The close of one year tends to encourage us to reflect on what has occurred in business analysis and project management during the past year and think about future trends. As we reflect on the past, we thought it might be interesting to review some of the trends we’ve seen over the last five years and when we spotted them as trends
The purpose of this brief article is to provide a simple example on how to link and verify four models: use case, data flow diagrams, entity relationship diagrams, and state diagrams. Note the word verify, not validate. Verify in this context means that the technique is consistent and complete, not that it reflects correct requirements.
What if you want to use your business analysis skills, but don’t want to be in BA management or a team leader role? What if you want a different kind of role, but one that still uses your business analysis skills? Are there other roles out there for a skilled Business Analyst?
The answer is yes!
"What we have here, is failure to communicate". This is the catch phrase of a once very popular movie. And while the theme of this movie has nothing to do with the corporate business world, its meaning most certainly does.
How often do we hear “We don’t have time for analysis—let’s just get the project done!” Or “Modeling?! That’s so 1990s.” Or “Modeling is the developer’s job. Yours is to get the requirements.” Or “We’re doing Agile. Requirements evolve, so let’s not waste time with use cases or process models.” We have often heard every argument under the sun why spending time modeling requirements wastes time. However, we believe that modeling actually saves time.
Prior to the creation of something as potentially complex and ubiquitous of a website, an analyst must create a thorough, precise set of requirements in consultation with the right subject matter experts and business stakeholders. But unless one is armed with the proper planning procedures and techniques, the prospect of creating requirements for something as vast as an online business presence or functioning e-commerce system (or both) can be intimidating.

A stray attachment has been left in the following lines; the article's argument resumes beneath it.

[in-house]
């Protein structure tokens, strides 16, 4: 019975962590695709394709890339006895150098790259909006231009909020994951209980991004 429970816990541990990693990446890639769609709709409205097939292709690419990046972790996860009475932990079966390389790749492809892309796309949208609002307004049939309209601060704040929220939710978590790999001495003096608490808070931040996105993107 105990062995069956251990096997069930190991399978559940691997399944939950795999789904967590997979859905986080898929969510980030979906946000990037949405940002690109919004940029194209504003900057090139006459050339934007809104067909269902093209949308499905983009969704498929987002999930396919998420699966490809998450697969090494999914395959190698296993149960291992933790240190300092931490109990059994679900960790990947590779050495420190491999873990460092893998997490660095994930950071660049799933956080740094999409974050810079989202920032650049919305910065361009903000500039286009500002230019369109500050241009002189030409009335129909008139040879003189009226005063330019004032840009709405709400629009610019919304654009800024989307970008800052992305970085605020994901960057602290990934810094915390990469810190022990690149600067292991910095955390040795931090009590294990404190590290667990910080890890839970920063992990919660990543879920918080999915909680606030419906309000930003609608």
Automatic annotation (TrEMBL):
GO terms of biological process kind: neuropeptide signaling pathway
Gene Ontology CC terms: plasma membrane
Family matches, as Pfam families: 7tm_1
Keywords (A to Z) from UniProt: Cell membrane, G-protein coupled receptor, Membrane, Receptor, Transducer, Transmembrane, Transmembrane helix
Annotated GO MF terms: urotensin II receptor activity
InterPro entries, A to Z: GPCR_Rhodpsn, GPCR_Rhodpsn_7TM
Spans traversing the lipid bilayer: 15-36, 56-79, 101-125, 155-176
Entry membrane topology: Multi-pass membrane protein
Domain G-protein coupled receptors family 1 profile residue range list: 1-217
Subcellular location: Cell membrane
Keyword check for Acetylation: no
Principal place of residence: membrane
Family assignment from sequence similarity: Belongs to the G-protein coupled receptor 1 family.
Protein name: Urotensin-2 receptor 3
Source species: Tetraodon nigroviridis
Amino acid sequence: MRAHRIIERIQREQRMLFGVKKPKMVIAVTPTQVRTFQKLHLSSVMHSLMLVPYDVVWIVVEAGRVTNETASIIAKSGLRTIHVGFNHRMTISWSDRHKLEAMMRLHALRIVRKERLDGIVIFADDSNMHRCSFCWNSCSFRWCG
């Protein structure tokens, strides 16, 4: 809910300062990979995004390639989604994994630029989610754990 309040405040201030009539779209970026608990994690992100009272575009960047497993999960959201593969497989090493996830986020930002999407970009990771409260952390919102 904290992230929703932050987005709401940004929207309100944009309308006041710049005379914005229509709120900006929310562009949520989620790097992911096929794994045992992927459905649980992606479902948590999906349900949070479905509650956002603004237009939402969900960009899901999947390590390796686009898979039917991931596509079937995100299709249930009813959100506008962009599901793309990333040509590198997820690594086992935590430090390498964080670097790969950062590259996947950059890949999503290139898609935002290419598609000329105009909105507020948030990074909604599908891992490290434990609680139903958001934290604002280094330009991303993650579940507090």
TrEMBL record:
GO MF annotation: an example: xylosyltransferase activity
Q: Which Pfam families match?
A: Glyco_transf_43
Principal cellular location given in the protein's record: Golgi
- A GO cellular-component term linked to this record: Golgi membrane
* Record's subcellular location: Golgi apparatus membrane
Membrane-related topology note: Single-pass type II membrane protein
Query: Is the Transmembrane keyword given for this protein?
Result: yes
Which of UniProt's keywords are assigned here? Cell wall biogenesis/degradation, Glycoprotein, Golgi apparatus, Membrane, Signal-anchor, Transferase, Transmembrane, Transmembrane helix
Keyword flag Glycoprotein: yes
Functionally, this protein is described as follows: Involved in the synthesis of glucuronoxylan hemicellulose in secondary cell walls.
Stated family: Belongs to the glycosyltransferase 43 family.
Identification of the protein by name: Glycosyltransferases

Do “Agile”projects need written requirements? Let us answer this question in this short article. As you may know, more and more software development teams have been adopting “Agile”processes over the past decade or so. As you may also know, Agile development processes such as Scrum and XP emphasize “working software” over requirements documentation. Does this mean detailed, written requirements should be avoided in Agile projects?
Previous Page | Next Page
Big Data Analytics for Dummies
Finally, a Big Data book written for business analysts, BI professionals, and data scientists! Big Data Analytics for Dummies is a valuable resource that addresses the practical dilemmas surrounding Big Data...
A Buyer’s Guide to Customer Analytics
Discover the five crucial criteria of a customer analytics platform in A Buyer’s Guide to Customer Analytics now.
Free Analytics software: Alteryx Project Edition
Alteryx Project Edition provides you with a single solution that delivers the data blending, analytics, and sharing capabilities of Alteryx with just enough allowed runs of your workflow to solve one business problem or to complete one project.
The Business Analyst's Guide to Hadoop
Get started with Hadoop using this whitepaper, "The Business Analyst's Guide to Hadoop".
Advertising Opportunities | Contact Us